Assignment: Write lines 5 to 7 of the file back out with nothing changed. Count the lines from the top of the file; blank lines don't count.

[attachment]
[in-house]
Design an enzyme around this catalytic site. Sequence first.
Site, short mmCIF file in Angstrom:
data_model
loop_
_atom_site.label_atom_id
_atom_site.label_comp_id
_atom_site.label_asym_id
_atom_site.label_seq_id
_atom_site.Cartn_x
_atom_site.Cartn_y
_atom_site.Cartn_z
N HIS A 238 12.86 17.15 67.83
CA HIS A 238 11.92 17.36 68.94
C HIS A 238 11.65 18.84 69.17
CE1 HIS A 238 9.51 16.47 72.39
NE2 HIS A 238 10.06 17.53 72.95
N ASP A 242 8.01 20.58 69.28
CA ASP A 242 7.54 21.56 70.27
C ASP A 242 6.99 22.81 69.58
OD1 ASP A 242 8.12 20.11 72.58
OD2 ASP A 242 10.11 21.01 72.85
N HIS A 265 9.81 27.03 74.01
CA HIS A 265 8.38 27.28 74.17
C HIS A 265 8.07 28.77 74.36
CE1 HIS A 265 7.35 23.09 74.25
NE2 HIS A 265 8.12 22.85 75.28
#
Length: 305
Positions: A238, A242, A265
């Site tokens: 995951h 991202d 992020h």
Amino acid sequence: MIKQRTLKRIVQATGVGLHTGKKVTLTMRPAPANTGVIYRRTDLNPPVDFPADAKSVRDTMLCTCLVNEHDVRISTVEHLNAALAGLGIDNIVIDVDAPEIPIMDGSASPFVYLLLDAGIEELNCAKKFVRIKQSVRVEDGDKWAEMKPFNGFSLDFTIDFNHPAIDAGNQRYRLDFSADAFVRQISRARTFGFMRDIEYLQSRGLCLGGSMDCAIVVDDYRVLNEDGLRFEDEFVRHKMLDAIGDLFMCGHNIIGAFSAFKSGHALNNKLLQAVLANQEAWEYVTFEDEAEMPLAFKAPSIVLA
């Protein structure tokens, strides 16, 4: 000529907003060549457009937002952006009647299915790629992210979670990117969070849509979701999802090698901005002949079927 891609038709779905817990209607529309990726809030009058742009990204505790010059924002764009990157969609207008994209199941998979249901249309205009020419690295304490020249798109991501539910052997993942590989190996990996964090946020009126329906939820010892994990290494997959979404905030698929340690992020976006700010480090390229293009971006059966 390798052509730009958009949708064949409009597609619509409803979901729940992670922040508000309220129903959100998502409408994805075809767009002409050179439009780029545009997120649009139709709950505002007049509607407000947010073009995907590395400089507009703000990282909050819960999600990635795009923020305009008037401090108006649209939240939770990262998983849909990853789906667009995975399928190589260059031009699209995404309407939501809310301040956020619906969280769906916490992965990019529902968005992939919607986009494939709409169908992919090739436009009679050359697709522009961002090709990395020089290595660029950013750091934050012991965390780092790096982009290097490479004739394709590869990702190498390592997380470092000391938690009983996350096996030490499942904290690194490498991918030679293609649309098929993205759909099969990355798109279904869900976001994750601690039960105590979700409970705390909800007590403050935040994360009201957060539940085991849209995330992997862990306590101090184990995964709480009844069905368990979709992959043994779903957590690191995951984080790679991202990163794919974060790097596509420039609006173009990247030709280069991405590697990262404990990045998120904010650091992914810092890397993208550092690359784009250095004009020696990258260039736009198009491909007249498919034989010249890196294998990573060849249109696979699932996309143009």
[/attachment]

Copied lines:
loop_
_atom_site.label_atom_id
_atom_site.label_comp_id